Dr Oz: How Old Is Your Heart?
After talking with Queen Latifah about her mother’s congestive heart failure, Dr Oz wanted to continue his discussion about resilience of the heart. He took his entire show outside of the studio to the Dr Oz Real Age Heart Clinic, explaining that he wanted to help people figure out just how old their hearts thought they were, and whether it was younger or older than their chronological age.
Dr Oz: The Real Age Of Your Heart
You heart’s age is determined by several different factors, including your chronological age, your BMI, your blood pressure, whether or not you smoke, and how much you sit during the week. Dr Oz was joined by nurse Kristen O’Dell who was leading the clinic. The results were in and Kristen said she was surprised by the results. Dr Oz reported that half of us have a heart age that is five years older than our chronological age.
Three women lined up wih Dr Oz to find out the real age of their heart. Kristen shared that perhaps some of the women’s heart rates were actually elevated because he was around, but either way, this was a great way to tell if you could be at risk. The good news is that the results can be reversed, so there’s no need to panic just yet.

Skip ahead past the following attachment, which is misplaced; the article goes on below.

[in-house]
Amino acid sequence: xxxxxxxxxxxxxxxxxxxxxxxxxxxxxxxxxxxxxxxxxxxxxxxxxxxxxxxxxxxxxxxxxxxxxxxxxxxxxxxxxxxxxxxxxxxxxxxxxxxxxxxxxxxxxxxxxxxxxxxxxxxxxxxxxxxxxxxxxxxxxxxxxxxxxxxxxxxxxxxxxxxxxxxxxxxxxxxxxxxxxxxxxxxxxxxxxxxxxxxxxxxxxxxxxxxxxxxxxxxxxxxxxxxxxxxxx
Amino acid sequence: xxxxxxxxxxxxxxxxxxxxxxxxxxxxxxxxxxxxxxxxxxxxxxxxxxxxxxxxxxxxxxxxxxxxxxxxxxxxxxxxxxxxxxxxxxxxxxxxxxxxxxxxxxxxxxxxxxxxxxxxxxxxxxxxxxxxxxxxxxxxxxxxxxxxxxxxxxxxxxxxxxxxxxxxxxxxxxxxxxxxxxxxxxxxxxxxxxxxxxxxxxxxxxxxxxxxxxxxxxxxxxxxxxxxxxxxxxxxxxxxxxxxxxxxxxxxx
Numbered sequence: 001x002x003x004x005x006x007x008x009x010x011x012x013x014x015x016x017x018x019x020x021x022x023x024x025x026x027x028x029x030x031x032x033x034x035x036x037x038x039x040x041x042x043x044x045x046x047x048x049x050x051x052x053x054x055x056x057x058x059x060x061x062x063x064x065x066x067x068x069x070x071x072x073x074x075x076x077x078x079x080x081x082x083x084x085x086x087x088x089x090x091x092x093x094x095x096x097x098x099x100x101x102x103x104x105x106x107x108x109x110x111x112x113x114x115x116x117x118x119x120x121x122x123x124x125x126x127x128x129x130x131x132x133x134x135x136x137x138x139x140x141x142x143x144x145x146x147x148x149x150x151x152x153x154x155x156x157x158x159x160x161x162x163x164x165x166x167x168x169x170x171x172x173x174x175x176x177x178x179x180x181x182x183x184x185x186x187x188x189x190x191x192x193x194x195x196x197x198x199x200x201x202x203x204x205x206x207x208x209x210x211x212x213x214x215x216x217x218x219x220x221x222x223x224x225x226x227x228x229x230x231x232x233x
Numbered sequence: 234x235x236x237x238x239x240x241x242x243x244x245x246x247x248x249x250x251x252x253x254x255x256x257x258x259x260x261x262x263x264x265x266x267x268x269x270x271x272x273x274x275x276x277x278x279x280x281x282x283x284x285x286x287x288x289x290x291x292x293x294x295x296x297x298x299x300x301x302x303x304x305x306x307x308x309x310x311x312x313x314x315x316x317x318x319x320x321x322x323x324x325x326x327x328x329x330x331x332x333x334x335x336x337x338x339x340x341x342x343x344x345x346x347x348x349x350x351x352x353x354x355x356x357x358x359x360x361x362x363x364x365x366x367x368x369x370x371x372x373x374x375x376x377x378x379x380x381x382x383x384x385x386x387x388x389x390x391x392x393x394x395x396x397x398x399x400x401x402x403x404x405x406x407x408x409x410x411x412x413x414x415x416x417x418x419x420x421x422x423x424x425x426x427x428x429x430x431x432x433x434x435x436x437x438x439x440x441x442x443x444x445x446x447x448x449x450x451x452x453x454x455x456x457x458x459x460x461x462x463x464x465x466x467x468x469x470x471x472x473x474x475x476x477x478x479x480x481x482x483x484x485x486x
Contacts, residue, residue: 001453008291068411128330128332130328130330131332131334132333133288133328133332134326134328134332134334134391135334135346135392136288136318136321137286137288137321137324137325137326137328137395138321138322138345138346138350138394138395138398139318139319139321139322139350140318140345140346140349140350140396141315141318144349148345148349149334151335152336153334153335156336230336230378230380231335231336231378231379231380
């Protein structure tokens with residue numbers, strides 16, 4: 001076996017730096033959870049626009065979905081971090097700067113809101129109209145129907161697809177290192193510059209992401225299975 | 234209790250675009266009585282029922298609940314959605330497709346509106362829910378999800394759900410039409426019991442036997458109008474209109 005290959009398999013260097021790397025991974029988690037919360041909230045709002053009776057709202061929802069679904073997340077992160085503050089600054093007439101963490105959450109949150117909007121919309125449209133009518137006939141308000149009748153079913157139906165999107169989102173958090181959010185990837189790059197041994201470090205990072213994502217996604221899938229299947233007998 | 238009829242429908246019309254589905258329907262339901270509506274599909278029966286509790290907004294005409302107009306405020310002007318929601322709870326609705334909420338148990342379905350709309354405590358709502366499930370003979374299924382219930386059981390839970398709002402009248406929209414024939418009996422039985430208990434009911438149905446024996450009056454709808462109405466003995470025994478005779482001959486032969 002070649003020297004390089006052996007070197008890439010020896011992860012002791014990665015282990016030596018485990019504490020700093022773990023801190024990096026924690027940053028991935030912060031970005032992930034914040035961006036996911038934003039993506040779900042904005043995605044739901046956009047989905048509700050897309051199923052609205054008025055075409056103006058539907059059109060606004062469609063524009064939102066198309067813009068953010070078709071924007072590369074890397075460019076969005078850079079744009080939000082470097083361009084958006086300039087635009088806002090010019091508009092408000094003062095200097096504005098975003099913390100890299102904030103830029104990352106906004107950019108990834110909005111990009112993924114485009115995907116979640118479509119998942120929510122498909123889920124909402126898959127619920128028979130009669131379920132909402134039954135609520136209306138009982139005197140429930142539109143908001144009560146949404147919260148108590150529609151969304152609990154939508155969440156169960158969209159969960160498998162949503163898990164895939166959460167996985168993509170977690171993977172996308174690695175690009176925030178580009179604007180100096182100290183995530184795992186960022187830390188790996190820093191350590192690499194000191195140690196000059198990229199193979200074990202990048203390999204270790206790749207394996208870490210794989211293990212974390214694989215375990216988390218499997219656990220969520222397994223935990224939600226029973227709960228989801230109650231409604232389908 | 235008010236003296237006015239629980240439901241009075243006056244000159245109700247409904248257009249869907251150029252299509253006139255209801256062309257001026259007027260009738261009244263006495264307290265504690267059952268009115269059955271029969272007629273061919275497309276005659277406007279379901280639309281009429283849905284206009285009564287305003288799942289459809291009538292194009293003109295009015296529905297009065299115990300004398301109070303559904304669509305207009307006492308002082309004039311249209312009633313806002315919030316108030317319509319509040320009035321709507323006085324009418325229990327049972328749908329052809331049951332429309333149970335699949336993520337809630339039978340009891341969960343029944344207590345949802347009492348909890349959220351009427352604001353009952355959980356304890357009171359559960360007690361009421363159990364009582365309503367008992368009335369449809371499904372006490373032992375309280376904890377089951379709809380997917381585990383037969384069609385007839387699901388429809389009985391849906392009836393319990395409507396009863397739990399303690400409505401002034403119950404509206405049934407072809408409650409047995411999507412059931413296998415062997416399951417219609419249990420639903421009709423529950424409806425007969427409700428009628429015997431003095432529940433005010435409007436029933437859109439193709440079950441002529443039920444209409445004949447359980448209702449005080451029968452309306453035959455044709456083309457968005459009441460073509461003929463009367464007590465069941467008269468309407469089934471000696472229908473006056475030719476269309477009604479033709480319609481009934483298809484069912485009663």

Dr Oz: How Sitting Ages You
Dr Oz first talked to Kymberly, who is 46-years-old and had a blood pressure of 120/75, but she spends most of her day sitting. The real age of Kymberly’s heart was 48, which is primarily because of the amount of sitting she does. If you sit for 75% of the day, it can age your heart by 1-2 years. The good news is that to prevent that, just get up and walk around as much as you can! For ten minutes of every hour, stand!
Dr Oz: Aging Heart By Smoking
Next, Regina is 45-years-old with blood pressure of 134/85. Dr Oz then called out Regina for smoking, saying he could actually smell it on her. She admitted to smoking for 20 years, which changes her heart age a lot. Because she smokes, Regina’s real age was actually 52, which was pretty shocking to Regina. Regina said “I’ll quit today” but then said she’d tried to quit 5-6 times, and Dr Oz said the average person takes six times to actually quit smoking.
Dr Oz: High Blood Pressure Affecting The Heart
Finally, there was Florence, who was 46-years-old and had a blood pressure of 130/70 with a BMI of 26.5. What Dr Oz shared is that blood pressure can actually age you even more than cigareettes can. High blood pressure can increase your heart age by up to 10 years. Because of her high blood pressure, her heart age was 53. Dr Oz shared that music can actually lower your blood pressure, so listen to soothing music for 30 minutes each day.
Do you have any of these risk factors in common with any of these women?